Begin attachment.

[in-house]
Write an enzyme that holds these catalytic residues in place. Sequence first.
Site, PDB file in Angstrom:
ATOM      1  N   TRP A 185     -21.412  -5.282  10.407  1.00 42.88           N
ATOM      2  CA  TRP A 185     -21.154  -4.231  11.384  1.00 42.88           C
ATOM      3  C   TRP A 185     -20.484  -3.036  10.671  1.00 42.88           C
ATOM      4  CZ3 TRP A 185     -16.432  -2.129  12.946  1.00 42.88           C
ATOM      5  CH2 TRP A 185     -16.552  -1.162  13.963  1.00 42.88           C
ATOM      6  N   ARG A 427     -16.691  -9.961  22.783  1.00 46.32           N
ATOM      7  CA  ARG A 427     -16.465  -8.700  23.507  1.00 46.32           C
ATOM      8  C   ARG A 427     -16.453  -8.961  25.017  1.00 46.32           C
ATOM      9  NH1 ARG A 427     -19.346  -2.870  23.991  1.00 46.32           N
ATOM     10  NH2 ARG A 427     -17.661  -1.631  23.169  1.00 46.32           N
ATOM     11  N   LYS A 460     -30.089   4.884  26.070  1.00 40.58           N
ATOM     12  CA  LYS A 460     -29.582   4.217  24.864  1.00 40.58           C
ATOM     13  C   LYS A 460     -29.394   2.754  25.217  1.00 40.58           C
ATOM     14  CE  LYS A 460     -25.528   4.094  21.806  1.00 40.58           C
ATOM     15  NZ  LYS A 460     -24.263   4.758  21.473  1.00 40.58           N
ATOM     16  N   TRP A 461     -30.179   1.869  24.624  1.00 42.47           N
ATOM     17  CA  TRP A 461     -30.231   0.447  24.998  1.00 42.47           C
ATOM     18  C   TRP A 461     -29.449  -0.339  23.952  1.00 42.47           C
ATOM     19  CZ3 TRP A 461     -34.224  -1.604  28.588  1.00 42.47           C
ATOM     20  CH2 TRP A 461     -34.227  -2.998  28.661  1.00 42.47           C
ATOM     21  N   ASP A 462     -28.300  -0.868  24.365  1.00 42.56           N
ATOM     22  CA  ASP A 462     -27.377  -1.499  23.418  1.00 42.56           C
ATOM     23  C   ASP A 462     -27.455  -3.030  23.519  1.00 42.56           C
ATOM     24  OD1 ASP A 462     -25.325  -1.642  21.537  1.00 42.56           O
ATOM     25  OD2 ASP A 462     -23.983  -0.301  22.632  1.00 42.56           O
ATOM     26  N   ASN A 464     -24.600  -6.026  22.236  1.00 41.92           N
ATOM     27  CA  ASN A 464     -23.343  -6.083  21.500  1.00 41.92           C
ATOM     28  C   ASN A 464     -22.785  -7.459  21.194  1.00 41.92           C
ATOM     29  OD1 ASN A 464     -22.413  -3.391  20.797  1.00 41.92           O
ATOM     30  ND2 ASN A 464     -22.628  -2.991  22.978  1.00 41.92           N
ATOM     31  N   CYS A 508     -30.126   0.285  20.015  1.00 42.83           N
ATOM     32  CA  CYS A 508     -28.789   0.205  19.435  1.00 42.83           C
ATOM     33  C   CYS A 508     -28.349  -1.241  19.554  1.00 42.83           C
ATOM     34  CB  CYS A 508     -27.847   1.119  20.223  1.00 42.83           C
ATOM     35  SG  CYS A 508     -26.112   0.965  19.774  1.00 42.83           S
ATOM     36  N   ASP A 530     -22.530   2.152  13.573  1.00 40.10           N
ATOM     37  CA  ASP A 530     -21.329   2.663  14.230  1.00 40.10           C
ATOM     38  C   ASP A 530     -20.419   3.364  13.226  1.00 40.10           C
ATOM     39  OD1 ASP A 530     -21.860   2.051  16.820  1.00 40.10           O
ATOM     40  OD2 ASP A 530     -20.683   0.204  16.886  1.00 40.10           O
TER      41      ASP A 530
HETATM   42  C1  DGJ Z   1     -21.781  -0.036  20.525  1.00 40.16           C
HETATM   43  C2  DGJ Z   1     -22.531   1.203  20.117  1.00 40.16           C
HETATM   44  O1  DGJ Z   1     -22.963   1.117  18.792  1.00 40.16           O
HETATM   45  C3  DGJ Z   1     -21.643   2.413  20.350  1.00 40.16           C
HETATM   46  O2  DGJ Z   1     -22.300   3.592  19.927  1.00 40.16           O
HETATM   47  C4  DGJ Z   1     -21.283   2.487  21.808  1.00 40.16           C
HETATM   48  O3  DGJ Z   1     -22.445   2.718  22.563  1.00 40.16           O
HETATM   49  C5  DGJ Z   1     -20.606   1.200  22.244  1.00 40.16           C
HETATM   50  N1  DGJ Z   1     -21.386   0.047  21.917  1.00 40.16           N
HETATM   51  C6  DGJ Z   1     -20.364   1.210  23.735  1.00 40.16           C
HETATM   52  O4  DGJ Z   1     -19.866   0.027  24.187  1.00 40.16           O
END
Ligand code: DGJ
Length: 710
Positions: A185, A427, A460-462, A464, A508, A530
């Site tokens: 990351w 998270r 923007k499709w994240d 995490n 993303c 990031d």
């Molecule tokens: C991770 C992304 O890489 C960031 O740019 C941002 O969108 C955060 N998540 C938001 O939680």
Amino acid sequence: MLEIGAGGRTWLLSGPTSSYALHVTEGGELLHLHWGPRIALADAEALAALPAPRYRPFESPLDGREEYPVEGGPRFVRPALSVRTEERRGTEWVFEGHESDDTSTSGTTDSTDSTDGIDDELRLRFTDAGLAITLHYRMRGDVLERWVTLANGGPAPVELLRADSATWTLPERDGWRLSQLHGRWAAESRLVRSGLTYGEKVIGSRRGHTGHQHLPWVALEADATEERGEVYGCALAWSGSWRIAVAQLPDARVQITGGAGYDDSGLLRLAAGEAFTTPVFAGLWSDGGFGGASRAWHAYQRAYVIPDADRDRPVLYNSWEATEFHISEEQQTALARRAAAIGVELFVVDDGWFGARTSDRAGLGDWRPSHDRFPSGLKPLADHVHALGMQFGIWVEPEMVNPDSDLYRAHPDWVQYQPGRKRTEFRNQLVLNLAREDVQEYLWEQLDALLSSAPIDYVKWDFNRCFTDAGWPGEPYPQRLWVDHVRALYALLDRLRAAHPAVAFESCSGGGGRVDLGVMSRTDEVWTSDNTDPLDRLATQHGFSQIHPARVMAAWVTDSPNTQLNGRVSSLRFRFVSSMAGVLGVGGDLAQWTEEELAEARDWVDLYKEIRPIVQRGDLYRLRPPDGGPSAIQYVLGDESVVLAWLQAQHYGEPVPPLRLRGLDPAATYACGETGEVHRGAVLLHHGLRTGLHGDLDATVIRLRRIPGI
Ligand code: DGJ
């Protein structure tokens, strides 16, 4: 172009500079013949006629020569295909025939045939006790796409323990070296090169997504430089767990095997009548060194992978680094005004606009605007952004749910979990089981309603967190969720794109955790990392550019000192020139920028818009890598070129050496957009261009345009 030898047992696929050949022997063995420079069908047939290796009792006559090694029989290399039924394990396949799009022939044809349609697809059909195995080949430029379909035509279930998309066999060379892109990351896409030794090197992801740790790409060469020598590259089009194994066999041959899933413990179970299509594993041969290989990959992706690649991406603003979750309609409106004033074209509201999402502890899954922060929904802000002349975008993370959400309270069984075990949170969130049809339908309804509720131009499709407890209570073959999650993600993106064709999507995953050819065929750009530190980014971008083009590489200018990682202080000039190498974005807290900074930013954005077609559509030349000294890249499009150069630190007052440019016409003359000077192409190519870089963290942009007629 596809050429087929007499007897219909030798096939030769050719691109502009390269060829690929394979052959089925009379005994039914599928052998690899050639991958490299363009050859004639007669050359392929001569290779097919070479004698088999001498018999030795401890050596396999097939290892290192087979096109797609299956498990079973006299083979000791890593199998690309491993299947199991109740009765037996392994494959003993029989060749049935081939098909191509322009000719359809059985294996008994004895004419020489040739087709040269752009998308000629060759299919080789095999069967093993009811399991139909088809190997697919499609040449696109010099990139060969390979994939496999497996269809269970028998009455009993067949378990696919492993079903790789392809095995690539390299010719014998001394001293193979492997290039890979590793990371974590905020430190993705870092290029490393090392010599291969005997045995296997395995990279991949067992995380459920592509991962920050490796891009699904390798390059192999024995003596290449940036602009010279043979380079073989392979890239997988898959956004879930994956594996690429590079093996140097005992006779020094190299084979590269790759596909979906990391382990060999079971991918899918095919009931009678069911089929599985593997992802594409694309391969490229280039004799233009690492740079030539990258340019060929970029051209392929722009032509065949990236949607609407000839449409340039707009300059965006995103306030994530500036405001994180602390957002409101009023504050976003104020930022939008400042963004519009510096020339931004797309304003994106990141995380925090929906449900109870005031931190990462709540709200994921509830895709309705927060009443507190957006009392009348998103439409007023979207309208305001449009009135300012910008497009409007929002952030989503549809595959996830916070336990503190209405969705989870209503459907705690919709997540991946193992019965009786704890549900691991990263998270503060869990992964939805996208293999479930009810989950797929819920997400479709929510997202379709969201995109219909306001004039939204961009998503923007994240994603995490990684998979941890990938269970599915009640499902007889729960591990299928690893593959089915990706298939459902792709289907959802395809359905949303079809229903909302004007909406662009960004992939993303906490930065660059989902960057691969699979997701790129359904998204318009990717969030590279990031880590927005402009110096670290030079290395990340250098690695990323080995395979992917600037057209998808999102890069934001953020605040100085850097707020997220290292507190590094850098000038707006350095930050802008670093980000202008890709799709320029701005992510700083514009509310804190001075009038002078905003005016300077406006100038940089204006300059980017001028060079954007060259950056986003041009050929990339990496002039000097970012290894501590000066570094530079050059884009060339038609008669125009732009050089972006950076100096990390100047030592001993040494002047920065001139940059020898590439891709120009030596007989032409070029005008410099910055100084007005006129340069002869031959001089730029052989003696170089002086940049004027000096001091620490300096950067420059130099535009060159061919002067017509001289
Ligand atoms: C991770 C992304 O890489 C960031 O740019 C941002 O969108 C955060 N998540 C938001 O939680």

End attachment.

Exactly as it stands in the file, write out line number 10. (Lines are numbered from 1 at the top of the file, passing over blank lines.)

ATOM      7  CA  ARG A 427     -16.465  -8.700  23.507  1.00 46.32           C